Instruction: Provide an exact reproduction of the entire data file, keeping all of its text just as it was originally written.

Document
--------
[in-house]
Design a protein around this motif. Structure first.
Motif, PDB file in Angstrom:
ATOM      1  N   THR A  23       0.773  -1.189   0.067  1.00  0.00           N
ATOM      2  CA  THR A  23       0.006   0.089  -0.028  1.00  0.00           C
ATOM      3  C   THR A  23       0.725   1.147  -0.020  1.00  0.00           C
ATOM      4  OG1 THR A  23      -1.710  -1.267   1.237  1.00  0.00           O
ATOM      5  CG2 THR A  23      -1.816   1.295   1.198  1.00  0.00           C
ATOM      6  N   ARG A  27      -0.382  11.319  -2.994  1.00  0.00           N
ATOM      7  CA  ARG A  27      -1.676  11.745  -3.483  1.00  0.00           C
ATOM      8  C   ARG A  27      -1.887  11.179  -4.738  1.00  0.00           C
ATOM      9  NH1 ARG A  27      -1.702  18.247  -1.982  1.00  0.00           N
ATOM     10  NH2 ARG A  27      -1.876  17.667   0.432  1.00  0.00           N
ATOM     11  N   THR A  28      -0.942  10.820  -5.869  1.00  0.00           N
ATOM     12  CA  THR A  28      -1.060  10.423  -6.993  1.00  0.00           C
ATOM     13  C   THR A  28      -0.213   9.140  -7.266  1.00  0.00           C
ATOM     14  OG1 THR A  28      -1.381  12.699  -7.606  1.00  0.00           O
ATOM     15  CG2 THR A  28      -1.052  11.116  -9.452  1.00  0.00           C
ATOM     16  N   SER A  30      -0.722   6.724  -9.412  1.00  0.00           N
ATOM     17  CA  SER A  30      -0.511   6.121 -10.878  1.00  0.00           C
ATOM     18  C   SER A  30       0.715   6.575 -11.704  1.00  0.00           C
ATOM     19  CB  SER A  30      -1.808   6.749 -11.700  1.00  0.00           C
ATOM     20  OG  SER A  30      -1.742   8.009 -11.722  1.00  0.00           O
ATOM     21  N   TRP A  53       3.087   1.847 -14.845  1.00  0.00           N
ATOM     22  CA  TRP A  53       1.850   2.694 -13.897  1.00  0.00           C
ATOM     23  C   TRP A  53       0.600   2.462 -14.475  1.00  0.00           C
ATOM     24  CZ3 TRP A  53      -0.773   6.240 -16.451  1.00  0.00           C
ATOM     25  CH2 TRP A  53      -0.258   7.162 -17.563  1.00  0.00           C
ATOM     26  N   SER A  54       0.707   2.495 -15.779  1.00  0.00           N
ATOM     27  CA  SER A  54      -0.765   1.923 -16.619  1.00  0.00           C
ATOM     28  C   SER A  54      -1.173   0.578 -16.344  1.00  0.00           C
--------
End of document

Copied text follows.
[in-house]
Design a protein around this motif. Structure first.
Motif, PDB file in Angstrom:
ATOM      1  N   THR A  23       0.773  -1.189   0.067  1.00  0.00           N
ATOM      2  CA  THR A  23       0.006   0.089  -0.028  1.00  0.00           C
ATOM      3  C   THR A  23       0.725   1.147  -0.020  1.00  0.00           C
ATOM      4  OG1 THR A  23      -1.710  -1.267   1.237  1.00  0.00           O
ATOM      5  CG2 THR A  23      -1.816   1.295   1.198  1.00  0.00           C
ATOM      6  N   ARG A  27      -0.382  11.319  -2.994  1.00  0.00           N
ATOM      7  CA  ARG A  27      -1.676  11.745  -3.483  1.00  0.00           C
ATOM      8  C   ARG A  27      -1.887  11.179  -4.738  1.00  0.00           C
ATOM      9  NH1 ARG A  27      -1.702  18.247  -1.982  1.00  0.00           N
ATOM     10  NH2 ARG A  27      -1.876  17.667   0.432  1.00  0.00           N
ATOM     11  N   THR A  28      -0.942  10.820  -5.869  1.00  0.00           N
ATOM     12  CA  THR A  28      -1.060  10.423  -6.993  1.00  0.00           C
ATOM     13  C   THR A  28      -0.213   9.140  -7.266  1.00  0.00           C
ATOM     14  OG1 THR A  28      -1.381  12.699  -7.606  1.00  0.00           O
ATOM     15  CG2 THR A  28      -1.052  11.116  -9.452  1.00  0.00           C
ATOM     16  N   SER A  30      -0.722   6.724  -9.412  1.00  0.00           N
ATOM     17  CA  SER A  30      -0.511   6.121 -10.878  1.00  0.00           C
ATOM     18  C   SER A  30       0.715   6.575 -11.704  1.00  0.00           C
ATOM     19  CB  SER A  30      -1.808   6.749 -11.700  1.00  0.00           C
ATOM     20  OG  SER A  30      -1.742   8.009 -11.722  1.00  0.00           O
ATOM     21  N   TRP A  53       3.087   1.847 -14.845  1.00  0.00           N
ATOM     22  CA  TRP A  53       1.850   2.694 -13.897  1.00  0.00           C
ATOM     23  C   TRP A  53       0.600   2.462 -14.475  1.00  0.00           C
ATOM     24  CZ3 TRP A  53      -0.773   6.240 -16.451  1.00  0.00           C
ATOM     25  CH2 TRP A  53      -0.258   7.162 -17.563  1.00  0.00           C
ATOM     26  N   SER A  54       0.707   2.495 -15.779  1.00  0.00           N
ATOM     27  CA  SER A  54      -0.765   1.923 -16.619  1.00  0.00           C
ATOM     28  C   SER A  54      -1.173   0.578 -16.344  1.00  0.00           C